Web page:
Tai Chi Could Cut Falls In Stroke Survivors, Study Finds

Tai Chi Could Cut Falls In Stroke Survivors, Study Finds


By Charlene Laino

An ancient Asian form of exercise may help prevent a modern health problem. In a small, preliminary study, tai chi appeared to cut the number of falls among stroke survivors.

Tai chi, a martial art dating back to ancient China, combines physical movements with mental concentration and relaxed breathing.

The study, presented here at the International Stroke Conference, involved 89 stroke survivors, nearly half women, with an average age of 70 years. They were divided into three groups. A third of the stroke survivors took a one-hour class in tai chi three times a week.

Another third participated in a national fitness program for older adults called SilverSneakers that is covered for older stroke survivors by Medicare and major insurers. Three times weekly, they took an hour-long exercise class that focused on improving muscle strength and range of movement. The third group of stroke survivors received the usual follow-up care — written information on local physical activity classes and weekly phone calls encouraging them to be physically active.

Over the 12-week study period, participants reported a total of 34 falls, most commonly caused by slipping, tripping, or walking too quickly. Of the total, five falls occurred in the tai chi group, 14 in the SilverSneakers group, and 15 in the usual care group. Only four people sought medical treatment for their falls.

Because the number of people in each group was so small, the study doesn't prove that tai chi cuts the risk of falls more than the other interventions. But it makes sense, says American Stroke Association spokesperson Lee H. Schwamm, MD, a professor of neurology at Harvard Medical School who was not involved with the work.

"Any structured exercise program is very likely to reduce falls after a stroke," he says. "An exercise program that focuses specifically on balance like tai chi very likely further reduces the incidence of falls."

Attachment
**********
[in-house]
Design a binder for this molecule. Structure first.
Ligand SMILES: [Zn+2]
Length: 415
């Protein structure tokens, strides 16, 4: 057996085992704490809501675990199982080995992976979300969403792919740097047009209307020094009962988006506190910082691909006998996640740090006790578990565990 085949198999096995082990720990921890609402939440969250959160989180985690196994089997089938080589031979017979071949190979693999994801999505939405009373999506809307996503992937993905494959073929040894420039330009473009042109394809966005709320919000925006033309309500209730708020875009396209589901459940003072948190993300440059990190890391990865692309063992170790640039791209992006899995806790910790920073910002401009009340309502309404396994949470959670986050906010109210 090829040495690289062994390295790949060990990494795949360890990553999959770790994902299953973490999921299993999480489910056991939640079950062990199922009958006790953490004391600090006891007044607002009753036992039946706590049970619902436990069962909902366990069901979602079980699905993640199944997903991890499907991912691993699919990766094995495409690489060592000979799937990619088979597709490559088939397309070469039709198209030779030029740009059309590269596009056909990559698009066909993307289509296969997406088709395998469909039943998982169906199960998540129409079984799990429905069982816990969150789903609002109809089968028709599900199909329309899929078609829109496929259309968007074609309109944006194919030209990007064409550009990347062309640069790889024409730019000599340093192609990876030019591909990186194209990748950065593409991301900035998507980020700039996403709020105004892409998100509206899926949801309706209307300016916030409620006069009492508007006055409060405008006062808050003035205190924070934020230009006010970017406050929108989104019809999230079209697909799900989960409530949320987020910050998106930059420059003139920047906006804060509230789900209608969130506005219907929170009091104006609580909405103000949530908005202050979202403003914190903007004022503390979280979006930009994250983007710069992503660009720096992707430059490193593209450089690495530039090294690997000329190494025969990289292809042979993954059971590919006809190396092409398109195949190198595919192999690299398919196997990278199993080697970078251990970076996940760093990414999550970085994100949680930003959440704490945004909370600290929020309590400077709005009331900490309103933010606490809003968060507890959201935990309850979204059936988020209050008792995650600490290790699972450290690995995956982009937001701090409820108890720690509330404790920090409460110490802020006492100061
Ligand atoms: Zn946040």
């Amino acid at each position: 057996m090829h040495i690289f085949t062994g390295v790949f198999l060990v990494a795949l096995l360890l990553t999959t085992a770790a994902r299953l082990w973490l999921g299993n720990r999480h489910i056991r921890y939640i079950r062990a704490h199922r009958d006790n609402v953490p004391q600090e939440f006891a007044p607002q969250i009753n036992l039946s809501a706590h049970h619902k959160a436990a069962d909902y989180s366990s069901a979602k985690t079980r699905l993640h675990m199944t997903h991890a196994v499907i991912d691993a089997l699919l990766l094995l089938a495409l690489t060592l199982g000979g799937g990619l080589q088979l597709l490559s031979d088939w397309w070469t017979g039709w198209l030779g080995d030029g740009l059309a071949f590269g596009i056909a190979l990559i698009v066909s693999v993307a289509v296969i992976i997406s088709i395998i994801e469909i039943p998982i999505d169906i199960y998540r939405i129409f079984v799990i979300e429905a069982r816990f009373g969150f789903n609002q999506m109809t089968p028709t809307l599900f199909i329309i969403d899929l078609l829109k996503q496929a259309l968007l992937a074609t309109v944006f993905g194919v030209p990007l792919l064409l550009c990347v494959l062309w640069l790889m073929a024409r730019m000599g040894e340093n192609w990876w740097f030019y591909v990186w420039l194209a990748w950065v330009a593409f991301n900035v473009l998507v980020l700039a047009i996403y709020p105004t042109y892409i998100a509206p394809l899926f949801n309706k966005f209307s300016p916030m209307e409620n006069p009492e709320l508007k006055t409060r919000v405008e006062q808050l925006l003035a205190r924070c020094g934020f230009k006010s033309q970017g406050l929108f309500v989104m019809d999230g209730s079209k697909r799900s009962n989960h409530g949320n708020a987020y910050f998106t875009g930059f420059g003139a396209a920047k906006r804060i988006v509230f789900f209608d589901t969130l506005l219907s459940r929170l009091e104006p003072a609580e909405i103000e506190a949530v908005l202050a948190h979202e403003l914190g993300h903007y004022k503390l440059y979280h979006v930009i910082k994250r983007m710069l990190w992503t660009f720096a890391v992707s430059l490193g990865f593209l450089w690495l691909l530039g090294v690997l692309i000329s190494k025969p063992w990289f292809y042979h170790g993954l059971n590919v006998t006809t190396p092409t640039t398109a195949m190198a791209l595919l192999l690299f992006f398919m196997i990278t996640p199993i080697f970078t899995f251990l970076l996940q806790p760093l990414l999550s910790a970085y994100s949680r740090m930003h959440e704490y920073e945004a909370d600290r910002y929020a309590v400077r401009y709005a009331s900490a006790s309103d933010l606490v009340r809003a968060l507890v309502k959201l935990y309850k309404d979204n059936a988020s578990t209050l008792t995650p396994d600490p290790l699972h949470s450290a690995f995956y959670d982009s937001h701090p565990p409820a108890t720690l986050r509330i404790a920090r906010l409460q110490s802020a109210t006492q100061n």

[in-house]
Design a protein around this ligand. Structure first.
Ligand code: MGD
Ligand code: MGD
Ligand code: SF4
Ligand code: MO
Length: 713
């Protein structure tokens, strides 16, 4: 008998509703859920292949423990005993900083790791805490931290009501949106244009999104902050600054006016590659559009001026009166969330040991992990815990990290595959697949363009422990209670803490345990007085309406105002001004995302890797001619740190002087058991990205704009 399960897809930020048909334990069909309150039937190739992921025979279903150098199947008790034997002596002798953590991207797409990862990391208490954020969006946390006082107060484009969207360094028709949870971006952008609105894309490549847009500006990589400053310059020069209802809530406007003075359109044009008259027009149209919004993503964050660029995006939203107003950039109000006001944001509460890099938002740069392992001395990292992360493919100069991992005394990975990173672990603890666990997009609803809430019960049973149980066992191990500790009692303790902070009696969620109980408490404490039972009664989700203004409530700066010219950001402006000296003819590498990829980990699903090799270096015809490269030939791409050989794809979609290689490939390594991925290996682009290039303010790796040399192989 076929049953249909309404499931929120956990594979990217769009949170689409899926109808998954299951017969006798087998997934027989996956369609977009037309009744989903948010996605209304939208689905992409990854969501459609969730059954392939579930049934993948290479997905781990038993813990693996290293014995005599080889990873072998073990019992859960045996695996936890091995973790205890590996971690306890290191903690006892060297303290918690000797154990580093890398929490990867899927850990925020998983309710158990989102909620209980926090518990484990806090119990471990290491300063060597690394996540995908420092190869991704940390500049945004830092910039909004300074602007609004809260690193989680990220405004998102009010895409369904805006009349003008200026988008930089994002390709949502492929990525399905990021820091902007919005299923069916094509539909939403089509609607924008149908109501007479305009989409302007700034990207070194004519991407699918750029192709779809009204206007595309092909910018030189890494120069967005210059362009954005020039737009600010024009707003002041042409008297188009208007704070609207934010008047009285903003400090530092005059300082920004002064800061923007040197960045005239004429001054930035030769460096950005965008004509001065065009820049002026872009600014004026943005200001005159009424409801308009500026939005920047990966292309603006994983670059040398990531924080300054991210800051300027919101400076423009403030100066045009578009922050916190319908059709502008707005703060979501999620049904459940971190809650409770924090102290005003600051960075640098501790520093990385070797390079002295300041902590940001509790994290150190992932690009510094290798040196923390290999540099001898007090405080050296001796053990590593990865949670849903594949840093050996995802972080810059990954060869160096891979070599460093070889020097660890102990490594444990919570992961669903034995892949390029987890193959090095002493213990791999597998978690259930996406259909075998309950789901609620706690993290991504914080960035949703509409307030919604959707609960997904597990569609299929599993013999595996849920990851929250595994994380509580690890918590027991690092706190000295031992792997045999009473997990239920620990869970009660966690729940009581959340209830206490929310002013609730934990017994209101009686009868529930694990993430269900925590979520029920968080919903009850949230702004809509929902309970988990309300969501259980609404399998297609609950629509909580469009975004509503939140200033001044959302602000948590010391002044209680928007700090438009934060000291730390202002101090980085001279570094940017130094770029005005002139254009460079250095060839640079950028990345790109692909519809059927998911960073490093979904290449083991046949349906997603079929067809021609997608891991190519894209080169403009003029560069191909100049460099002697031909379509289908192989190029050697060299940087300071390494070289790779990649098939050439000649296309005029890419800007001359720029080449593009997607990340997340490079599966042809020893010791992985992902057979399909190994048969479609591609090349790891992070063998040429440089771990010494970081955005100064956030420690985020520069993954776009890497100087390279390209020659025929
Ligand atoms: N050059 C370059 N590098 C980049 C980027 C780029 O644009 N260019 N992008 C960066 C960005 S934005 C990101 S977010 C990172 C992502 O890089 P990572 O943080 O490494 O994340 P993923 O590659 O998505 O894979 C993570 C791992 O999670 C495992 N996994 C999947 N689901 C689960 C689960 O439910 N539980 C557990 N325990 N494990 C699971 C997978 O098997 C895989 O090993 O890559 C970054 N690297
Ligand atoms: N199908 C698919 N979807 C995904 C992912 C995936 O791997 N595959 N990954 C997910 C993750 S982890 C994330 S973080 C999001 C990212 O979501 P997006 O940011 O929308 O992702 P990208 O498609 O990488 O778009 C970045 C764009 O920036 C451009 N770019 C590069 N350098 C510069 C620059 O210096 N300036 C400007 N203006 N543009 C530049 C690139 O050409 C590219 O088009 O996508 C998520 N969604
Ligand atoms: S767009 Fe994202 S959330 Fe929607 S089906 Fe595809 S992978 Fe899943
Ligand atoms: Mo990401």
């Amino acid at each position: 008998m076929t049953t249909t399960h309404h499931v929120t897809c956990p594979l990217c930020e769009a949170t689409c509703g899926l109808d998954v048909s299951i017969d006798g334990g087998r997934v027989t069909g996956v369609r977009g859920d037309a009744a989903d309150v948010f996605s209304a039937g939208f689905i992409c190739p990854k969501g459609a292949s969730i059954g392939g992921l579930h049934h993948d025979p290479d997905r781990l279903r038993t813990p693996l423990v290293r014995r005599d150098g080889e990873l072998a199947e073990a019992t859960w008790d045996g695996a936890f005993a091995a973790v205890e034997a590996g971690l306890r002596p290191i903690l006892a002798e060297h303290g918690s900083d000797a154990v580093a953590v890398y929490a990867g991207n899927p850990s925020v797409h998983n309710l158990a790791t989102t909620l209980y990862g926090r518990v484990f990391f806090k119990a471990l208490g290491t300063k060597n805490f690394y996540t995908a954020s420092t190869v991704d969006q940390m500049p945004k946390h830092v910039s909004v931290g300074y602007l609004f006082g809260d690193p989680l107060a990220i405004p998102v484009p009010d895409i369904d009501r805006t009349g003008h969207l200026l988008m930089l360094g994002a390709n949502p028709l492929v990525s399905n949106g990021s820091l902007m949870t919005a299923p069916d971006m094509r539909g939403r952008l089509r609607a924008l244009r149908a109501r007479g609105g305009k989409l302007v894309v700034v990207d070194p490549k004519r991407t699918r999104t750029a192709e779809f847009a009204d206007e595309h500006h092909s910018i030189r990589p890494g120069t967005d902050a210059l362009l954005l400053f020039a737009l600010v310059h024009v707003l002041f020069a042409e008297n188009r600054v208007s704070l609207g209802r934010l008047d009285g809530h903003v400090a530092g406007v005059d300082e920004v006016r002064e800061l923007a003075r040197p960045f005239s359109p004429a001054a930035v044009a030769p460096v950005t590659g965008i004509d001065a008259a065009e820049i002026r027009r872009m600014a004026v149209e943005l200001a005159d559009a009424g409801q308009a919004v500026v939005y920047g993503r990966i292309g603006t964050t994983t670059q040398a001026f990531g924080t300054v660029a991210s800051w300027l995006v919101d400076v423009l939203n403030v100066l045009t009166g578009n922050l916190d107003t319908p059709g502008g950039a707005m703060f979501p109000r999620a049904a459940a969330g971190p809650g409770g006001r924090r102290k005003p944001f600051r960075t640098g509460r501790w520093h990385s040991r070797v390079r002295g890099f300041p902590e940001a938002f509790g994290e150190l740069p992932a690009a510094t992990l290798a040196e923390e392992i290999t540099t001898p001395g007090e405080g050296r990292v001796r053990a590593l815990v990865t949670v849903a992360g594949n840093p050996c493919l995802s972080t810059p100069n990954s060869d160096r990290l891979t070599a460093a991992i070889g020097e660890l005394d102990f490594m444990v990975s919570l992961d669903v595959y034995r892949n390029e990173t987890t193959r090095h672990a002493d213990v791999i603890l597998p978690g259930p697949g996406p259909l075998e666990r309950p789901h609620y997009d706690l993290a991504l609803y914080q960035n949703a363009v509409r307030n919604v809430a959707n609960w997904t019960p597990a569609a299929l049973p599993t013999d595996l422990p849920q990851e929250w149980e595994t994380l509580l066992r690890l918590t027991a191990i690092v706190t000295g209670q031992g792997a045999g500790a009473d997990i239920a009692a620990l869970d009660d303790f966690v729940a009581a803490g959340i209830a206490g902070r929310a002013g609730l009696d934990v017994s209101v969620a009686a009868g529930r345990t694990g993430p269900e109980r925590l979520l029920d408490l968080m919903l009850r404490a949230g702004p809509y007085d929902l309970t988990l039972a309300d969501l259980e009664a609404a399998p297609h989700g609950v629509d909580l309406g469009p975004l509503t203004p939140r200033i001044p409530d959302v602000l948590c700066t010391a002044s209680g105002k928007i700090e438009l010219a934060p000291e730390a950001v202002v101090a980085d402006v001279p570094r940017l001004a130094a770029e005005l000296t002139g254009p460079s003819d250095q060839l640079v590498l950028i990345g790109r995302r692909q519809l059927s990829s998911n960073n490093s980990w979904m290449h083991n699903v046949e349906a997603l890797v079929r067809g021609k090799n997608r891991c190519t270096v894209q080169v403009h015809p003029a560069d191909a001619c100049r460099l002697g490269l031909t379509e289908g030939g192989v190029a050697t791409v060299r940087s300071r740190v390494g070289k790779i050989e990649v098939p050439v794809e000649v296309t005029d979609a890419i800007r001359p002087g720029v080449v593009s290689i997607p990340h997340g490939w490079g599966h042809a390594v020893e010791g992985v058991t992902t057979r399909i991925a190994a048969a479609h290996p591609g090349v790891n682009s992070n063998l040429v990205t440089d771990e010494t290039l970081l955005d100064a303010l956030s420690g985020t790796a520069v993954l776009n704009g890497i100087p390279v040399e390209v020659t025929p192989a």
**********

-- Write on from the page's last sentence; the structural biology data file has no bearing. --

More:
Dr. Schwamm believes if larger numbers of people are studied, the value of tai chi in reducing falls will become more evident.

Learning how to best prevent falls among stroke survivors is imperative, as they experience seven times as many falls each year as healthy adults of the same age, says lead study author Ruth E. Taylor-Piliae, PhD, RN, assistant professor at the University of Arizona College of Nursing in Tucson.

These falls can cause hip and other fractures, decrease mobility, and lead to an increased fear of falling that can result in social isolation or dependence, she says. Nevertheless, "effective interventions are lacking," she says.

Tai chi may fill the gap, as it has been shown to significantly reduce falls in healthy older adults who have not had a stroke, Taylor-Piliae says.

People in the new study practiced Yang-style tai chi, the most popular of five styles used in the United States because of its emphasis on health benefits, both physical and psychosocial. Still, Taylor-Piliae believes any form of tai chi will help.

Asked why she thinks tai chi may work better than standard fitness programs, Taylor-Piliae credits it with teaching people to keep their balance while moving.

For example, people learn how to shift their weight from one leg to the other as they move their arms, yet still maintain their balance. Also, tai chi teaches people to be mindful, she says.

"You have to be present, in the moment" Taylor-Piliae says. "You have to think about how to get from point A to point B," she says. "This increased concentration may help prevent falls."

Research presented at medical meetings should be considered preliminary until published in a peer-reviewed journal.

"Tai Chi May Cut Falls in Stroke Survivors" originally appeared on Everyday Health.

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